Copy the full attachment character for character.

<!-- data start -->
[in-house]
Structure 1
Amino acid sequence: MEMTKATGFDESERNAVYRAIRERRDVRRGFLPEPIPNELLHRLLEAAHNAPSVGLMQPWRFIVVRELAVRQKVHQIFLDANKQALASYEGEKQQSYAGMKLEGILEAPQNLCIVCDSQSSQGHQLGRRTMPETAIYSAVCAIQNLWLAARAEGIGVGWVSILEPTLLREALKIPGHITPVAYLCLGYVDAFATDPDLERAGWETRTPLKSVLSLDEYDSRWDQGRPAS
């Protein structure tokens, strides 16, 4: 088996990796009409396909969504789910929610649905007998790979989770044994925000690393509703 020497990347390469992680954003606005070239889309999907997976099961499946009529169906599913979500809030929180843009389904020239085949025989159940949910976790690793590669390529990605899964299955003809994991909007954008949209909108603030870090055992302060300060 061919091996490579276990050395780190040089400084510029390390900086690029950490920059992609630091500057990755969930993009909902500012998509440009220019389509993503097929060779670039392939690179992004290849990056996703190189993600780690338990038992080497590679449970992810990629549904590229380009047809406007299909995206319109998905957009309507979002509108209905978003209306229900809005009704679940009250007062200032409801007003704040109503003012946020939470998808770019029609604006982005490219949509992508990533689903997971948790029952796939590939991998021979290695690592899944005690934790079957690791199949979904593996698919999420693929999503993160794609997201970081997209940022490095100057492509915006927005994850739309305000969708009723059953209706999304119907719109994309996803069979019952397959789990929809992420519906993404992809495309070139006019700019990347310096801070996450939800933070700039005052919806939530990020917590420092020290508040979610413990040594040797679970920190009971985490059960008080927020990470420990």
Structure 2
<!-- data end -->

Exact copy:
[in-house]
Structure 1
Amino acid sequence: MEMTKATGFDESERNAVYRAIRERRDVRRGFLPEPIPNELLHRLLEAAHNAPSVGLMQPWRFIVVRELAVRQKVHQIFLDANKQALASYEGEKQQSYAGMKLEGILEAPQNLCIVCDSQSSQGHQLGRRTMPETAIYSAVCAIQNLWLAARAEGIGVGWVSILEPTLLREALKIPGHITPVAYLCLGYVDAFATDPDLERAGWETRTPLKSVLSLDEYDSRWDQGRPAS
């Protein structure tokens, strides 16, 4: 088996990796009409396909969504789910929610649905007998790979989770044994925000690393509703 020497990347390469992680954003606005070239889309999907997976099961499946009529169906599913979500809030929180843009389904020239085949025989159940949910976790690793590669390529990605899964299955003809994991909007954008949209909108603030870090055992302060300060 061919091996490579276990050395780190040089400084510029390390900086690029950490920059992609630091500057990755969930993009909902500012998509440009220019389509993503097929060779670039392939690179992004290849990056996703190189993600780690338990038992080497590679449970992810990629549904590229380009047809406007299909995206319109998905957009309507979002509108209905978003209306229900809005009704679940009250007062200032409801007003704040109503003012946020939470998808770019029609604006982005490219949509992508990533689903997971948790029952796939590939991998021979290695690592899944005690934790079957690791199949979904593996698919999420693929999503993160794609997201970081997209940022490095100057492509915006927005994850739309305000969708009723059953209706999304119907719109994309996803069979019952397959789990929809992420519906993404992809495309070139006019700019990347310096801070996450939800933070700039005052919806939530990020917590420092020290508040979610413990040594040797679970920190009971985490059960008080927020990470420990």
Structure 2